Rugged, smart, and almost unflappable, the Anker SOLIX F1200 is a brilliant device for backup power around the home, or medium-duty devices on a camping trip. While it’s unavoidably fairly big, heavy and expensive, it stores plenty of power, has quite a high output, and offers a wide range of inputs and outputs. It’s ideal for all but heavy-duty applications.
- Good range of ports and functions
- Rugged, smart design
- Excellent output performance
- Can’t handle the most powerful devices
- A medium-large power bankThis is a fairly large and heavy power bank, capable of providing off-grid or backup power to all but the most demanding devices
- A good range of ports and functionsPlenty of highly specified output ports, together with multiple charging options
Smaller power banks are perfect for casual campers, or keeping small gadgets going in a power cut, but you’ll need something with a bit more poke to power household devices. The Anker SOLIX F1200 might be just the ticket.
Formerly known as the Anker PowerHouse 757, it can store 1226 watt-hours (Wh) of power, and provide up to 1500W to devices connected to its AC sockets. That makes it a medium to heavy-duty power source, ideally suited to longer camping trips, or getting fridges, coffee machines and other household devices through a protracted power cut.
Design and features
- Rugged and smart, but heavy
- Great selection of ports and functions
- Thoughtful design and layout
There’s no getting away from it: with a capacity north of 1.2 kilowatt hours (kWh), the SOLIX F1200 contains a lot of batteries. Accordingly, it’s pretty heavy, weighing in at 20.1kg, but Anker has done a great job with the design. For a start, it feels bullet-proof – Anker says its ‘drop-proof design’ protects the batteries and electrics in a sturdy aluminium frame, wrapped in thick, moulded plastic. There are two big handles, so you can lug it around the house, or share the load if you’re walking it to a camping berth.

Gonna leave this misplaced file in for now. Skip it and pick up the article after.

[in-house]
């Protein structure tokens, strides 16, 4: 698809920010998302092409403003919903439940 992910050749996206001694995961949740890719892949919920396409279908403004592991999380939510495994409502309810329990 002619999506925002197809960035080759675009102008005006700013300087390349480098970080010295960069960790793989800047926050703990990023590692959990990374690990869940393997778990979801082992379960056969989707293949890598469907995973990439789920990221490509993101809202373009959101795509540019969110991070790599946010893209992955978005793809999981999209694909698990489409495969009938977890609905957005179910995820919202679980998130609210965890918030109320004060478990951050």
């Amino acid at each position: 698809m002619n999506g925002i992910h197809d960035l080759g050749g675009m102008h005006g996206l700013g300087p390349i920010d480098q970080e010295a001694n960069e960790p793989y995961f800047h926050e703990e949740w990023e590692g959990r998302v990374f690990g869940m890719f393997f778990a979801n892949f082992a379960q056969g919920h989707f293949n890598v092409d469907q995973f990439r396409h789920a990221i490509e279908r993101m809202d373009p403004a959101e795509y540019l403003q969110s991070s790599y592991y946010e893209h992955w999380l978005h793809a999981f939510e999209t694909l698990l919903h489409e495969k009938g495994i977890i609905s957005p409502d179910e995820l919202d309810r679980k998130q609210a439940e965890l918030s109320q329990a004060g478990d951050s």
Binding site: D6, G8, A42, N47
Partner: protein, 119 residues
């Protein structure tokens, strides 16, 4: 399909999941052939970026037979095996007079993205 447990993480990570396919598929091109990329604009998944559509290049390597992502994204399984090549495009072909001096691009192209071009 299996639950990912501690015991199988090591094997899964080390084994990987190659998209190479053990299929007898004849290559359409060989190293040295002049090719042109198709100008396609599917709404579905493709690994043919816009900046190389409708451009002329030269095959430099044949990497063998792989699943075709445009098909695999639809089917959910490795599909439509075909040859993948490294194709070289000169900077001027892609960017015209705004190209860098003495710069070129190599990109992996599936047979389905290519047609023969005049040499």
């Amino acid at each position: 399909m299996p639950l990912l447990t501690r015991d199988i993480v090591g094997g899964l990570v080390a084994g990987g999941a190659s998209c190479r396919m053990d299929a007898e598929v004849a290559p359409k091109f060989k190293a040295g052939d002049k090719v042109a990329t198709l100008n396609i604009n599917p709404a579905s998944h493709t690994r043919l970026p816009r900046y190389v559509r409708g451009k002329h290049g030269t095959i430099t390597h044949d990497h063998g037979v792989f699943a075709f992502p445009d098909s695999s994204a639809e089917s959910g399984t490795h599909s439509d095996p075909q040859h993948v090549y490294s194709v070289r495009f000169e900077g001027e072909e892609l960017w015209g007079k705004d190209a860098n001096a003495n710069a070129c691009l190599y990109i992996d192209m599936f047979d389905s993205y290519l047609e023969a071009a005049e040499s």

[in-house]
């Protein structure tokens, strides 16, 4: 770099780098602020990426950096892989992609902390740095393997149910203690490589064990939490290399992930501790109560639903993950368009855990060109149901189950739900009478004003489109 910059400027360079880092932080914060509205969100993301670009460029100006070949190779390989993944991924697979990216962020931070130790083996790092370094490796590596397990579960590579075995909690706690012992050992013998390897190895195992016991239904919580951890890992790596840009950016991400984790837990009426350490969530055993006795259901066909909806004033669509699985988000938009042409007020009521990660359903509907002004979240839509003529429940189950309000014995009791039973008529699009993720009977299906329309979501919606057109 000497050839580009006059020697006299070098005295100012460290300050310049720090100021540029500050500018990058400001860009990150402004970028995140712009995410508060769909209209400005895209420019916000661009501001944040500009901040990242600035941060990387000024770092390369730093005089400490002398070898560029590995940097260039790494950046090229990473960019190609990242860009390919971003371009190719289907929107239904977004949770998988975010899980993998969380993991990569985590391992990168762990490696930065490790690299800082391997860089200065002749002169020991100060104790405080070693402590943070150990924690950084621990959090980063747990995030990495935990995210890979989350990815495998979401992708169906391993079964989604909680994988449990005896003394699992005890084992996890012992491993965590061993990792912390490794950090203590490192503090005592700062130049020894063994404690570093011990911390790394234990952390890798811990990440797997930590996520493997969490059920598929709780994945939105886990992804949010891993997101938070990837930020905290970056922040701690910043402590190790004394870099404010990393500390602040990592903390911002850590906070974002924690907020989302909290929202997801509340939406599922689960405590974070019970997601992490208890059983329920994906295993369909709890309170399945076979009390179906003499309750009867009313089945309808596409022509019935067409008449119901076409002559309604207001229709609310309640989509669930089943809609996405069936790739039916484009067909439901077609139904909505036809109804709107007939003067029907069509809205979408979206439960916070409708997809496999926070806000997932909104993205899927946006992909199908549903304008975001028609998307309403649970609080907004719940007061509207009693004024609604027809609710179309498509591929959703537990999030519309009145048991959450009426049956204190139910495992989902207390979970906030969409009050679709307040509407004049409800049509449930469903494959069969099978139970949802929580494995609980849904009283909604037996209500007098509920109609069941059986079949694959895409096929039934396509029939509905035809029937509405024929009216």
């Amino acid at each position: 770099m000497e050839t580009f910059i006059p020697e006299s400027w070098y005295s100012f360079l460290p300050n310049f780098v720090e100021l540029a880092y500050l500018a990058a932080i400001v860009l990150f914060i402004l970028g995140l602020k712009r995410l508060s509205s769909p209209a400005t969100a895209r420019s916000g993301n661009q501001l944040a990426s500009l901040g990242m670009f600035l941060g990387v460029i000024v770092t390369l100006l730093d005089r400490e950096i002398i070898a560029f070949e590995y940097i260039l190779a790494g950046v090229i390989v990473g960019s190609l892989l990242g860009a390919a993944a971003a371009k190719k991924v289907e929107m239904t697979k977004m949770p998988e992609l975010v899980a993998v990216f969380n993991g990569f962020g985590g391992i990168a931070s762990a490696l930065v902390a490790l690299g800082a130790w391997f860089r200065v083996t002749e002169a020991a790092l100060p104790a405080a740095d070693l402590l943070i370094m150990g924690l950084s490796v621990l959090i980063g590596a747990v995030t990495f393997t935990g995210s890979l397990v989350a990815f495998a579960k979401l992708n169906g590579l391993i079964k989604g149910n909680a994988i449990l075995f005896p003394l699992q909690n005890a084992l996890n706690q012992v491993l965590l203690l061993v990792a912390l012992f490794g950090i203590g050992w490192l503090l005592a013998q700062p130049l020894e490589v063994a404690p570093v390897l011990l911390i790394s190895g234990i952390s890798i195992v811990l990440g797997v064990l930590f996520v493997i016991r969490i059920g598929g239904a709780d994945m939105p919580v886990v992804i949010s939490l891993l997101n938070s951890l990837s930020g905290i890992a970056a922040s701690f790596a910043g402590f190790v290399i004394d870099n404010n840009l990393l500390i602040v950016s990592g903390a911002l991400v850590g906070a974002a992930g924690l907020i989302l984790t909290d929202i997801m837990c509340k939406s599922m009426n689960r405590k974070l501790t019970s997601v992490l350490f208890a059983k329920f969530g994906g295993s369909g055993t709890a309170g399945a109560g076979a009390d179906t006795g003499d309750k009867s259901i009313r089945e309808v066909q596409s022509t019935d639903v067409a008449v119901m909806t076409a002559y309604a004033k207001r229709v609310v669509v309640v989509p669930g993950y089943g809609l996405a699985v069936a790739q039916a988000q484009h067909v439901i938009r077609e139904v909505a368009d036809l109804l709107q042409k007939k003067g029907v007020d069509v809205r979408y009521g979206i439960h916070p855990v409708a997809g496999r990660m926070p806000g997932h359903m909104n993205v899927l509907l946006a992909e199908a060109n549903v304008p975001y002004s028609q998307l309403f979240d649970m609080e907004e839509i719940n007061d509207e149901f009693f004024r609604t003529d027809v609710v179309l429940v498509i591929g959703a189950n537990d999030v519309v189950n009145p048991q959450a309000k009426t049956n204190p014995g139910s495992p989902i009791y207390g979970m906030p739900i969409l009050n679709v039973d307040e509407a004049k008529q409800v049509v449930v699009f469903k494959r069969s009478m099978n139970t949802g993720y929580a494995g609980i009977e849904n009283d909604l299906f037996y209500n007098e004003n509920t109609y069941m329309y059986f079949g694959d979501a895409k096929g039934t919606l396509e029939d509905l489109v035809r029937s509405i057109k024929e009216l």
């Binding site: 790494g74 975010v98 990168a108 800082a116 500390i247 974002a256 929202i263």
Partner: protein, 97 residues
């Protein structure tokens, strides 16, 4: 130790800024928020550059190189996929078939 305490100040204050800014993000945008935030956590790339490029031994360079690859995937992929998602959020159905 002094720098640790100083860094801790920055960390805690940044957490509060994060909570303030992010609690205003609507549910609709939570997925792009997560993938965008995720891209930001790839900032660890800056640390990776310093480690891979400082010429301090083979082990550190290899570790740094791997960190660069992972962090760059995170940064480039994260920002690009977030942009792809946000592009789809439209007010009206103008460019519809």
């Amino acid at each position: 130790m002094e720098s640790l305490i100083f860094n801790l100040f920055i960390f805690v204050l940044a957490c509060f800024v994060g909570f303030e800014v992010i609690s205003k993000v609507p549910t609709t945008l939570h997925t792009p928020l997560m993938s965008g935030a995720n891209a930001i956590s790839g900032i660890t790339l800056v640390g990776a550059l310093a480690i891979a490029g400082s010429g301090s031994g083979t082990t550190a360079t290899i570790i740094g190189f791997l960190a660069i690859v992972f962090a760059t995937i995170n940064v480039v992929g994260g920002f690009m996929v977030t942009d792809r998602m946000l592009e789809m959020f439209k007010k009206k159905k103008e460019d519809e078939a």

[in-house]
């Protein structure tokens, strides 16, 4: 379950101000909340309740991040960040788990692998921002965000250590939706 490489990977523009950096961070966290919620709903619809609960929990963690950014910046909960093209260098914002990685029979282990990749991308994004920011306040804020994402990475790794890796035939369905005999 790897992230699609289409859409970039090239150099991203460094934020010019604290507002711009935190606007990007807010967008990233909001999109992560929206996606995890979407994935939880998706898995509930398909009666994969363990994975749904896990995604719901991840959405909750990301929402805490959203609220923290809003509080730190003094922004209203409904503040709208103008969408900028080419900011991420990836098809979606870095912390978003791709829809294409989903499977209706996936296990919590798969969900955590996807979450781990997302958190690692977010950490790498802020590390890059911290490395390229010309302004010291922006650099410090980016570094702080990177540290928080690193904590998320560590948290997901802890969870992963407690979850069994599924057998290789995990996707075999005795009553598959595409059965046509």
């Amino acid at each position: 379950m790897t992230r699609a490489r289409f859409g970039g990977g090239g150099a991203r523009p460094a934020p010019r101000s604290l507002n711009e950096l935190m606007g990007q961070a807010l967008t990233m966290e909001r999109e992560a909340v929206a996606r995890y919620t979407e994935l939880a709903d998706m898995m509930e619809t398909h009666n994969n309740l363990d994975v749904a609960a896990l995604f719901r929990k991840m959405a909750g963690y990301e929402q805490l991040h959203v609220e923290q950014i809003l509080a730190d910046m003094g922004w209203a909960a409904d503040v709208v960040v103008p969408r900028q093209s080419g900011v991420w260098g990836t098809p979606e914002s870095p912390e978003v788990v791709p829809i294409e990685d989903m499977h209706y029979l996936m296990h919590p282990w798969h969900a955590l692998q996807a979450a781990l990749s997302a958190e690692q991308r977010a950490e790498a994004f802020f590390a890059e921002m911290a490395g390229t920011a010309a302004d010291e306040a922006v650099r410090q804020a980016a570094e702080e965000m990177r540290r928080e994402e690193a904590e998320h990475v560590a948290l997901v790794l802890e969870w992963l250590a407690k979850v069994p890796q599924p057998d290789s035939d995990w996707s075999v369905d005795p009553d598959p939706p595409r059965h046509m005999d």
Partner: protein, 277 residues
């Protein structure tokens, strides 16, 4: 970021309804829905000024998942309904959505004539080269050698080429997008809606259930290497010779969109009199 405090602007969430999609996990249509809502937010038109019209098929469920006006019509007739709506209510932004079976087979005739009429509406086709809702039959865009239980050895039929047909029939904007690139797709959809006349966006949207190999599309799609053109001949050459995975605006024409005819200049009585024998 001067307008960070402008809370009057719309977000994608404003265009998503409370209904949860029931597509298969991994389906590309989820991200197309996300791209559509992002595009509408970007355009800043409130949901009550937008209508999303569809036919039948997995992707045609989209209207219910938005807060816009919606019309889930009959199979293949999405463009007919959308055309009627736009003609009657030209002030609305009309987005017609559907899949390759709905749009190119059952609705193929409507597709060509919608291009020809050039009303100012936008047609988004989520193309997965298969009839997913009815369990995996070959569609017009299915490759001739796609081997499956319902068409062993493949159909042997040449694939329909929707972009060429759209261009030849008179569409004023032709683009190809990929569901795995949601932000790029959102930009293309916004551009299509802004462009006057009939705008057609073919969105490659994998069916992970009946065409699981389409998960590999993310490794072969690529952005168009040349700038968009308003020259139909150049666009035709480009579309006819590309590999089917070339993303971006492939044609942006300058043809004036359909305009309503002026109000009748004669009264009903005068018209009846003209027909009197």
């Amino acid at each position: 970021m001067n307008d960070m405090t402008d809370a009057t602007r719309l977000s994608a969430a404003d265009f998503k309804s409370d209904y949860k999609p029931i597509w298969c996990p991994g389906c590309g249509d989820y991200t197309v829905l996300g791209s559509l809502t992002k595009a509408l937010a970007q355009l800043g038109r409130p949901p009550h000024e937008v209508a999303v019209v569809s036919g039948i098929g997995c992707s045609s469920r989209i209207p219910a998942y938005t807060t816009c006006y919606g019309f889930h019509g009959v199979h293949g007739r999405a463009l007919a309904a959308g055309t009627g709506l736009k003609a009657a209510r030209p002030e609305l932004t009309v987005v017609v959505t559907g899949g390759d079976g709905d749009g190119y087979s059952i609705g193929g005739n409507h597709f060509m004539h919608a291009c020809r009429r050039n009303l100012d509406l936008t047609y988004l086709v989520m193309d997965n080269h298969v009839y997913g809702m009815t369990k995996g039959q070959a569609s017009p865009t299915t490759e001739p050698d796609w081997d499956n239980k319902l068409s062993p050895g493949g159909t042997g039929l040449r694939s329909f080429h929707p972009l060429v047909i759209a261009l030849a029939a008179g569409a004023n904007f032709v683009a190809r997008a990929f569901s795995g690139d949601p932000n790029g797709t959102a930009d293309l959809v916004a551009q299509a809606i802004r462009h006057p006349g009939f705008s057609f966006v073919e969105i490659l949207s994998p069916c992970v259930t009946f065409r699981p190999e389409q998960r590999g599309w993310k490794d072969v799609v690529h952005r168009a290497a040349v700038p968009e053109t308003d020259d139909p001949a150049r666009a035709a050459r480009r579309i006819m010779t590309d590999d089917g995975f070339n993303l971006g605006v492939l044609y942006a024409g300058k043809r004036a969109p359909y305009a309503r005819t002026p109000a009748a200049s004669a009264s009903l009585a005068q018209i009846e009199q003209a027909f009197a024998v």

I don’t think it’s quite as easy to carry as the Jackery Explorer 1500 Pro, which has one very large handle.
Underneath, two huge, ribbed rubber pads provide a stable and slip-free base.
The F1200’s front panel offers two AC power ports and a 120W cigarette lighter-style car power port. Both have on/off switches, and both have a power-saving mode that shuts them down if there’s no significant load. You can turn this off for important, low-power devices such as a CPAP machine.
In addition, you’ll find four USB-A ports, each rated at 12W, together with two USB-C ports. One of these is rated for 60W and the other a mighty 100W.
At the top there’s a warm-white strip light with three brightness levels and a maximum 4W power consumption. One of this power bank’s best features is its large, clear display, which among other things shows percentage battery charge, how many watts are coming in and going out, and how long it’ll be until the battery is full or empty, depending on the balance.
At the back there’s a flap covering an XT60 solar panel port and a kettle-style mains socket. The former supports up to 300W of solar input, while the F1200 will charge at one kilowatt (1kW) from the mains – enough to get to 80% in an hour.
Anker says the SOLIX F1200 will power 95% of home appliances, by which it means that 95% of devices consume less than the 1500W this power bank can deliver. It’s worth noting, that’s shared between both AC ports, so you can’t connect two devices totalling more than that. All the ports can be used concurrently, however, giving the F1200 a theoretical total peak output of 1.8kW. At that rate, its 1.2kWh battery would be emptied in 40 minutes.